Effects of the Use of the Availability Heuristic on Ethical Decision-Making in Organizations

Journal of Business Ethics 84 (S1):151 - 165 (2009)
  Copy   BIBTEX


Recent corporate scandals across various industries have led to an increased focus on research in business ethics, particularly on understanding ethical decision-making. This increased interest is due largely to managers' desire to reduce the incidence of unwanted behaviors in the workplace. This article examines one major moderator of the ethical decision-making process - moral intensity. In particular, we explore the potential influence of a particular cognitive heuristic - the availability heuristic -on perceptions of moral intensity. It is our contention that moral intensity is a perceptual construct, and that individuals' use of the availability heuristic will influence perceptions of moral intensity which, in turn, will affect how moral issues are viewed and ultimately resolved. In this article, we present propositions concerning possible relationships between the availabilities of various phenomena and the components that moral intensity comprises, and report on two studies examining the effects of availabilities on two of these components: magnitude of consequences and social consensus. Our findings indicated that the availability of consequences associated with an act was positively related to perceptions of the magnitude of consequences of that act. We also found that the availability of others who believe that a particular act is morally acceptable is positively related to perceptions of social consensus that that act is morally acceptable. We posit that our results suggest the possibility that perceptions of moral intensity can be actively influenced to reduce unethical behavior in organizations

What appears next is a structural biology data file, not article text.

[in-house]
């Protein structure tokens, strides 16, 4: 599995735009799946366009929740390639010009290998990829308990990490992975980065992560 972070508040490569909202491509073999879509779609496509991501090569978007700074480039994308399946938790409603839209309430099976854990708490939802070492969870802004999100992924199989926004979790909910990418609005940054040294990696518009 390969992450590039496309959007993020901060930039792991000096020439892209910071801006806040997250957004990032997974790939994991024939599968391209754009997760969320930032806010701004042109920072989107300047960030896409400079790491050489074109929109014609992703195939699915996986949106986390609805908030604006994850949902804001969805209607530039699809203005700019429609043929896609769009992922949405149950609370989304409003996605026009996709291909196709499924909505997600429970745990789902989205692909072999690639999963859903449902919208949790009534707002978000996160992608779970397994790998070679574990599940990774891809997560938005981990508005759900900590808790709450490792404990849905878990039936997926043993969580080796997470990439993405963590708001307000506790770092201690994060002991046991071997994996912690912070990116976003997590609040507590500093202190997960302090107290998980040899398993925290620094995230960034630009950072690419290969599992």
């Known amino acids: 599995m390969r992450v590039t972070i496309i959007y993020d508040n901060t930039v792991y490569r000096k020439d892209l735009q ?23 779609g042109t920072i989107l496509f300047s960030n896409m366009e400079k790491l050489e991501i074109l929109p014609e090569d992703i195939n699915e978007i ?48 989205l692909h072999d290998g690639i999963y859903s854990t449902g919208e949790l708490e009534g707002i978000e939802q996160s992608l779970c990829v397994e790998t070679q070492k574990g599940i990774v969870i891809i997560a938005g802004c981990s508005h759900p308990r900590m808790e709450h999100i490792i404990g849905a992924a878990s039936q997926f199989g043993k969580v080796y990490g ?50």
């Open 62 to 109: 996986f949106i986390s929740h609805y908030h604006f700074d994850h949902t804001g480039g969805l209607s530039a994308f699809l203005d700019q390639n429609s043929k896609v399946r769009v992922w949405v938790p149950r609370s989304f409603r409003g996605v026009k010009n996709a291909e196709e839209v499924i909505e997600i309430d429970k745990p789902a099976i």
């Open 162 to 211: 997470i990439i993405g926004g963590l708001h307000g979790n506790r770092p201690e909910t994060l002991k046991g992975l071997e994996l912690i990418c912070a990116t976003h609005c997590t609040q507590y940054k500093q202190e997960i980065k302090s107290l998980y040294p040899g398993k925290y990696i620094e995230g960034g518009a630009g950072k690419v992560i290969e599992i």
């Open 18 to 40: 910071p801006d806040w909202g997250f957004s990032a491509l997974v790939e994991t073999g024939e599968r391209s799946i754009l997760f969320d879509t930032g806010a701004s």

Upload a copy of this work     Papers currently archived: 93,069

External links

Setup an account with your affiliations in order to access resources via your University's proxy server

Through your library

Similar books and articles


Added to PP

68 (#245,700)

6 months
10 (#308,797)

Historical graph of downloads
How can I increase my downloads?